Ones associated either with contamination, or those remedies which homeopathic principles claim are weakest (because they aren’t diluted much).
That is summing up the essence of most of alt-med: everything which ails is just a deregulation of your humors, because of something you don’t do right.
Plus, medical technobabble.
Or cargo cult.
@ Eric Lund: I have an extraordinarily very complete health plan…which has turned into a Medicare *gap plan*…I am an age-eligible (sigh) Medicare recipient.
My plan and most other medical plans that I know of, have lists of “Preferred Providers” where the co-pay currently is $ 20/per visit and $ 20 co-pay for certain tests (such as EKGs) performed by my “Preferred Provider doctor). I am fortunate to have a great plan…NYSHIP…and most of the GPs and specialists in my County are “Preferred Providers”. If you chose a doctor who isn’t a “Preferred Provider”…then the co-pays increase dramatically.
NYS retirees drug plans, whether you choose the “Preferred Provider” option or the HMO option, do not cover any herbs, supplements or the other garbage that the CAM “practitioners” pushers sell or prescribe. I receive a formulary list each year from NYSHIP (NYS Health Insurance Plan), and the formulary list is updated on the internet. Certain prescribed drugs such HGH (Human Growth Hormone) require prior approval to make certain quacks and their patients aren’t using HGH for “rejuvenation”. Cancer chemotherapeutic drugs are processed through the “Cancer Center of Excellence Division, within NYSHIP.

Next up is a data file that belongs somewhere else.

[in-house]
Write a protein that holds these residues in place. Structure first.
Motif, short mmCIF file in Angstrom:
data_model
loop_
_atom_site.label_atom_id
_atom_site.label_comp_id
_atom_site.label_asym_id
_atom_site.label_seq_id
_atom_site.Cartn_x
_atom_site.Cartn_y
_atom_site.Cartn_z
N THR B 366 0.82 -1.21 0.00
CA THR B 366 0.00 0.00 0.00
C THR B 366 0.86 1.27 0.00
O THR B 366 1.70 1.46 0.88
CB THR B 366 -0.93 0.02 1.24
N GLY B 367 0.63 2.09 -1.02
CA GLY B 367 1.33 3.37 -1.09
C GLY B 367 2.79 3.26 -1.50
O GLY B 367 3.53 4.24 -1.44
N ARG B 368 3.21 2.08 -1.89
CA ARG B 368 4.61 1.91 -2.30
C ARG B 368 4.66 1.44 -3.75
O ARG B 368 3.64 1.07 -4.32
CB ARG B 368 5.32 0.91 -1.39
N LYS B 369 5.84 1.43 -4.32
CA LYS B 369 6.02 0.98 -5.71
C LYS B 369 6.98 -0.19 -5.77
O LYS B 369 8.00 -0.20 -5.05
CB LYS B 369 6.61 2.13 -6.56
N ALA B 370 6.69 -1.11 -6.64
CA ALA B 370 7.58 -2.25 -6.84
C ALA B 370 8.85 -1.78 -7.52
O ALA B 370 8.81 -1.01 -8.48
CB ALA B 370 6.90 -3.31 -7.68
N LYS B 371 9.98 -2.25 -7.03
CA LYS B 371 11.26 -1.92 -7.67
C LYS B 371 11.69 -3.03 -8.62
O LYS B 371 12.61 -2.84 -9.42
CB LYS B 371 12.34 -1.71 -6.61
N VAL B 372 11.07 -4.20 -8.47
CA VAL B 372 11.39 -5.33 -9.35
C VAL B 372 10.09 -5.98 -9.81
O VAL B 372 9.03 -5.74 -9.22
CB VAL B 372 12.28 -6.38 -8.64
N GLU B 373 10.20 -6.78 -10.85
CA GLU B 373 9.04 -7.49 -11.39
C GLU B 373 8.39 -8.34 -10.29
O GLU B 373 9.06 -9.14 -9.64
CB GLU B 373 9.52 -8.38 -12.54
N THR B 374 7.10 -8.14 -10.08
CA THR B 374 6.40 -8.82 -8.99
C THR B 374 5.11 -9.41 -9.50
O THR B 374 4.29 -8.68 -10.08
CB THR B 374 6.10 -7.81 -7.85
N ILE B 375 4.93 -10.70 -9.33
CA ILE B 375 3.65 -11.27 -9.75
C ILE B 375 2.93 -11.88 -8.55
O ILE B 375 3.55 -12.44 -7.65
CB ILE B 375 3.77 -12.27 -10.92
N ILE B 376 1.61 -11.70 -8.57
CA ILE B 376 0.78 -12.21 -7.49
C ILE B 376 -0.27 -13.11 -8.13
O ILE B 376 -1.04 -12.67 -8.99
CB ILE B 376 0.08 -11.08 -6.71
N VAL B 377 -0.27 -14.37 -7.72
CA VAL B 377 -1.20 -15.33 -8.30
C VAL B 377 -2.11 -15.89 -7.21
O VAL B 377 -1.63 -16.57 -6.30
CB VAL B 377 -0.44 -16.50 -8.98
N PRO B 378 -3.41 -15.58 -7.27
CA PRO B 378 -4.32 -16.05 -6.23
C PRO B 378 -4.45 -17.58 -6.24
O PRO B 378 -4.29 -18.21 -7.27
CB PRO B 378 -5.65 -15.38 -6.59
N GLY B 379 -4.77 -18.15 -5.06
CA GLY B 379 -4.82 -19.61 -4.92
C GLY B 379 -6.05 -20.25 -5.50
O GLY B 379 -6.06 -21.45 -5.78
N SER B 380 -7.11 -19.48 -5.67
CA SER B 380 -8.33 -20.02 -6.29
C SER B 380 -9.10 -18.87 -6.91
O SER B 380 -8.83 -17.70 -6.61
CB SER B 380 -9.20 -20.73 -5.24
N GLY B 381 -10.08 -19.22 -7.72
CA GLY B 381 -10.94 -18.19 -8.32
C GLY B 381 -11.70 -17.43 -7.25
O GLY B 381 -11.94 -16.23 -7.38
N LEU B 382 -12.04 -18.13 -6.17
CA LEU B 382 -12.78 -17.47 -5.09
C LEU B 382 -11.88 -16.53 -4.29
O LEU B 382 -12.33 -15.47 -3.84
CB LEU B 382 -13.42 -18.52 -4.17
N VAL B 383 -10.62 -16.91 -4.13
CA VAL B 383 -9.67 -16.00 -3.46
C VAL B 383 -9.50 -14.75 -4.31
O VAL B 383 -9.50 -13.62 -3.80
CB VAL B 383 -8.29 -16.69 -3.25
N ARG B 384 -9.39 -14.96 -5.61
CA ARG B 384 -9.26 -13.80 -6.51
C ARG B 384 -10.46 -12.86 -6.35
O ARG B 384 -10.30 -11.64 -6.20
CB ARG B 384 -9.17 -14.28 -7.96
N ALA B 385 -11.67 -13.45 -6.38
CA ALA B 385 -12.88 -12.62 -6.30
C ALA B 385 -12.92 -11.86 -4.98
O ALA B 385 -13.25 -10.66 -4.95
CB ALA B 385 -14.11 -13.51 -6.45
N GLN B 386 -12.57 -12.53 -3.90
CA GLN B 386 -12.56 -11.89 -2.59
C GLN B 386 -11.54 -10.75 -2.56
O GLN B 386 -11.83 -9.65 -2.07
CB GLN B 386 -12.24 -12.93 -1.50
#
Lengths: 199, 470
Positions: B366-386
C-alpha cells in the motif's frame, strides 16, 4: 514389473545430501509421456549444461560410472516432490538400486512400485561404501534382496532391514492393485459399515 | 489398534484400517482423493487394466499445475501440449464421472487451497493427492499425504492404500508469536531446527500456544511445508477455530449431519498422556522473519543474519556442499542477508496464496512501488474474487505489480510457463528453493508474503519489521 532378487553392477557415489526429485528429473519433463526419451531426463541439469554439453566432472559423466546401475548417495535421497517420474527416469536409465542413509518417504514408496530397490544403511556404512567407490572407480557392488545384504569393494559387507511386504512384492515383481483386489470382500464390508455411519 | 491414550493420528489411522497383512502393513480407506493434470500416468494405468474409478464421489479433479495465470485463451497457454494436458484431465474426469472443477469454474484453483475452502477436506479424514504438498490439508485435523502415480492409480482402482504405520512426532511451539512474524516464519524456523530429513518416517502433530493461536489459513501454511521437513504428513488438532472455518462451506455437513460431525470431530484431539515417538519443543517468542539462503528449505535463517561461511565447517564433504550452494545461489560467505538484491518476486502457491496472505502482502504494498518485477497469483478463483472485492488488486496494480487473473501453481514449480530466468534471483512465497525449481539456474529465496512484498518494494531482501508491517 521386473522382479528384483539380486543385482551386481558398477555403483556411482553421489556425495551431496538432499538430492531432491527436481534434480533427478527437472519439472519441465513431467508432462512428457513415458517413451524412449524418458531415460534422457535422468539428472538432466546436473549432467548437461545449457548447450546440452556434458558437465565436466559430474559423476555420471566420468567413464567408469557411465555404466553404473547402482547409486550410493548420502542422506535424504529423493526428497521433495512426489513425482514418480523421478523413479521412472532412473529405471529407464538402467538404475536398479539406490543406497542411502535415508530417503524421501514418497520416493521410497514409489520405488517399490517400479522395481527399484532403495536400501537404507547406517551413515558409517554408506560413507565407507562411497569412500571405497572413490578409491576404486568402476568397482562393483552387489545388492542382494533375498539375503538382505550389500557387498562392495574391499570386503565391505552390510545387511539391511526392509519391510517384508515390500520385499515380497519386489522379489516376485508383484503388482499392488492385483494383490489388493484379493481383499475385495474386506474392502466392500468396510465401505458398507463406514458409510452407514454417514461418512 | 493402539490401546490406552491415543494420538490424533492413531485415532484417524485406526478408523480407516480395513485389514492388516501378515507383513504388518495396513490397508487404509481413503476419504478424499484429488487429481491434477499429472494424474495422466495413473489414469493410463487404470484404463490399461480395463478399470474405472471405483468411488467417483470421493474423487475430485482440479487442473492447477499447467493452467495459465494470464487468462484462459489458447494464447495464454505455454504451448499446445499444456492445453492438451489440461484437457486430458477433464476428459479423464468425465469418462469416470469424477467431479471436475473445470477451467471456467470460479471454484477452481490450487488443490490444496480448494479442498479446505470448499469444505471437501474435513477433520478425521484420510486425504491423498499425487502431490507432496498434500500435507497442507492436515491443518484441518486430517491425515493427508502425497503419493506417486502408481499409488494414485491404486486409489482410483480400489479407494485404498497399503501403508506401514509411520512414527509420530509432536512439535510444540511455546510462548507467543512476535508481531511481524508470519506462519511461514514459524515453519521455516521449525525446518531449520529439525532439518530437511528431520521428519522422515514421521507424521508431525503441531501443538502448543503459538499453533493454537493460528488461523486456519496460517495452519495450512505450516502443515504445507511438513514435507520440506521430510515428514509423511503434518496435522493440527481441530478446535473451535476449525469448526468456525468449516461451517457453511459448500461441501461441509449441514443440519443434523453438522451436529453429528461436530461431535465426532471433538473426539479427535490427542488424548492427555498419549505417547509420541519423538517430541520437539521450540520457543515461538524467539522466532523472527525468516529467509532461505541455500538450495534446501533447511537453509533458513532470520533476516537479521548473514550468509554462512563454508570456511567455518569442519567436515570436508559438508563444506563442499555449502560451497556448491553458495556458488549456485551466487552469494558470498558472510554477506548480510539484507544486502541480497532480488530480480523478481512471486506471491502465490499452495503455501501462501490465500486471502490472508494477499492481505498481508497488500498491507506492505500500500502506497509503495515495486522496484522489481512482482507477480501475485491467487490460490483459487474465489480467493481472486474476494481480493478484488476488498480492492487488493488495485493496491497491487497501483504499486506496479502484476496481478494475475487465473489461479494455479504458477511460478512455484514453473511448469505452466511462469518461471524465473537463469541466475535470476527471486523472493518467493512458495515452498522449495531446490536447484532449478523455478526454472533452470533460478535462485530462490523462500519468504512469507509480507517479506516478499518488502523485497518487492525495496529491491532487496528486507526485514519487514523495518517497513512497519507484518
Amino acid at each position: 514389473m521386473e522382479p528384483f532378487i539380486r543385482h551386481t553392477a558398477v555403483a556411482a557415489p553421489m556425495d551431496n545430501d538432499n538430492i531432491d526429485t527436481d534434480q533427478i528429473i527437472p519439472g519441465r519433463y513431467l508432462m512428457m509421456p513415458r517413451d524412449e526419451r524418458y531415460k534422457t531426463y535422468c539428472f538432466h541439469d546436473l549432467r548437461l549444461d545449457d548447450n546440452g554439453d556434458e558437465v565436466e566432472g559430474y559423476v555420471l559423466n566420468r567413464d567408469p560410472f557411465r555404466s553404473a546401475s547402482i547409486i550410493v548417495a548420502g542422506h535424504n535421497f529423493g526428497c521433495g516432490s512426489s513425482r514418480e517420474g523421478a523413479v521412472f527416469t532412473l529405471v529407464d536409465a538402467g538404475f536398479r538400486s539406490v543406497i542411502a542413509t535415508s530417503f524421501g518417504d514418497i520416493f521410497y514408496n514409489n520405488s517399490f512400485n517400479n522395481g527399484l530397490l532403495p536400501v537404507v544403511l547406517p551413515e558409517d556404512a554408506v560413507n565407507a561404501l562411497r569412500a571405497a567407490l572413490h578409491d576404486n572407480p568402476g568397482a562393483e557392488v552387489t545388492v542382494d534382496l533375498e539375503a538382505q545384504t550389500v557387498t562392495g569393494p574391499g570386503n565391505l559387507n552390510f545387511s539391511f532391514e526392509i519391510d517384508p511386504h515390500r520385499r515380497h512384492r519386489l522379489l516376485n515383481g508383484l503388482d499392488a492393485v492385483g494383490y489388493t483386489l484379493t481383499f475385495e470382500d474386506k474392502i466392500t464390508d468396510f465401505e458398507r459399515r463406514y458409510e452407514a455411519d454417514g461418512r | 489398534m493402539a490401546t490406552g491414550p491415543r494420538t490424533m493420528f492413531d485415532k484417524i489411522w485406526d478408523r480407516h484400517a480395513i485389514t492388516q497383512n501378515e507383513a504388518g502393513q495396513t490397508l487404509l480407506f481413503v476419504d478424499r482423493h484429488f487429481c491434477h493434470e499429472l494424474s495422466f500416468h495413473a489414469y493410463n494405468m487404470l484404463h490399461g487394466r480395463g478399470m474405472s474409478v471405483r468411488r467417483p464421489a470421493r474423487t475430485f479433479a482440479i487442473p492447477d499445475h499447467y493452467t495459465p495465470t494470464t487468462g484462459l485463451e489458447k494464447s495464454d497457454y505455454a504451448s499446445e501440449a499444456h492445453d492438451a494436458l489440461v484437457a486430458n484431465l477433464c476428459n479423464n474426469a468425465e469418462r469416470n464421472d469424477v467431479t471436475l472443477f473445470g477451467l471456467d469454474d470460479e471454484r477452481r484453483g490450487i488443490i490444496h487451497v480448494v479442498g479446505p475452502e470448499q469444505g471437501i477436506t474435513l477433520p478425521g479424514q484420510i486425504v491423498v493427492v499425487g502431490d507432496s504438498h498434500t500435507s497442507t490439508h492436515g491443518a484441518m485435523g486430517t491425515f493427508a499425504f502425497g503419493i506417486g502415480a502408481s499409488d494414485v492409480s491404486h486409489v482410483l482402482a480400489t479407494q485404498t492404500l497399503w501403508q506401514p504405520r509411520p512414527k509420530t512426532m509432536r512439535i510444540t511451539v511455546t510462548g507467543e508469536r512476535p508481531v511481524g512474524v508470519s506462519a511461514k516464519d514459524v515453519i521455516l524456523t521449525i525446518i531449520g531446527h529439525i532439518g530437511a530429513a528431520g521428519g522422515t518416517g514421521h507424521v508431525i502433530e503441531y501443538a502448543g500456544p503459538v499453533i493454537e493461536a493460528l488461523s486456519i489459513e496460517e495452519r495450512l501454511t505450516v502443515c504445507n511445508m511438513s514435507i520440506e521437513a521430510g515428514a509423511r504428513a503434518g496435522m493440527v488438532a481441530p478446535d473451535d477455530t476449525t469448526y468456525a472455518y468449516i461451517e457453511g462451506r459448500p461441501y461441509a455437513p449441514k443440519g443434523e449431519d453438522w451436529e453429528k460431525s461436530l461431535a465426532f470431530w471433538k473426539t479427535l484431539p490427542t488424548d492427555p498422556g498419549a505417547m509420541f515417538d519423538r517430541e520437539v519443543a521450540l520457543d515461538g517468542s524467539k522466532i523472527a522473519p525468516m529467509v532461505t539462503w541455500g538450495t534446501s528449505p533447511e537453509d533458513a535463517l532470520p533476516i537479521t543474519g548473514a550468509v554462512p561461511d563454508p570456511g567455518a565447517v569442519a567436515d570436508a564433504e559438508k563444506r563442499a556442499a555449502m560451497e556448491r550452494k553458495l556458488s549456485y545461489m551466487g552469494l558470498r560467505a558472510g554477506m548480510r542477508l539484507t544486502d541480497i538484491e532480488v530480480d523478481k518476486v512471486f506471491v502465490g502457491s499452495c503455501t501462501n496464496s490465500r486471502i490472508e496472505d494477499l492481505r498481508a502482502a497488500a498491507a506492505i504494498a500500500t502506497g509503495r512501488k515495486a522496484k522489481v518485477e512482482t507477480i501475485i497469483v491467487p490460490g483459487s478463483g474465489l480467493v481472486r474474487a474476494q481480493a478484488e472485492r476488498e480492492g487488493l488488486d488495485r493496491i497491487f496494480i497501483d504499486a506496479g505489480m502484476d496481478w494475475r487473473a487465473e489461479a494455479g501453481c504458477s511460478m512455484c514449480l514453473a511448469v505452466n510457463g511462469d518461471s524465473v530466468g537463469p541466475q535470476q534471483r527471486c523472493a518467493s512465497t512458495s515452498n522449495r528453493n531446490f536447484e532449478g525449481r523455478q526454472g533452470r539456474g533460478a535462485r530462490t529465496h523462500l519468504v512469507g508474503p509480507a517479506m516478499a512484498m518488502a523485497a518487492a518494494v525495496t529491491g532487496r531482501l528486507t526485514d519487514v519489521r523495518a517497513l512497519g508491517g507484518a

The NYS insurance plan also has an HMO “option” where you don’t pay co-pays, but you are limited to the doctors who are part of the HMO.
If God is in the gaps, what does that say about the Medicare gap plans? Just curious.
@Peebs: I’ve never heard the term ‘Beaver Fever’ before and my mucky little mind would have thought of lots of ailments would also qualify for that title.
Great minds think alike.
@ Peebs and Shay: Okay guys, give me credit for feeding you some of your great posts.
Beaver Fever refers to the belief that beaver poop in rivers and streams was responsible for the transmission of the Giardia lamblia parasite.
I am truly shocked and appalled, for the connotations you have have made, heh, heh. 🙂
Well, I never thought anything even slightly unseemly : when Peebs spoke about reliving his derring do etc, I thought that it was going to be all about seamanship.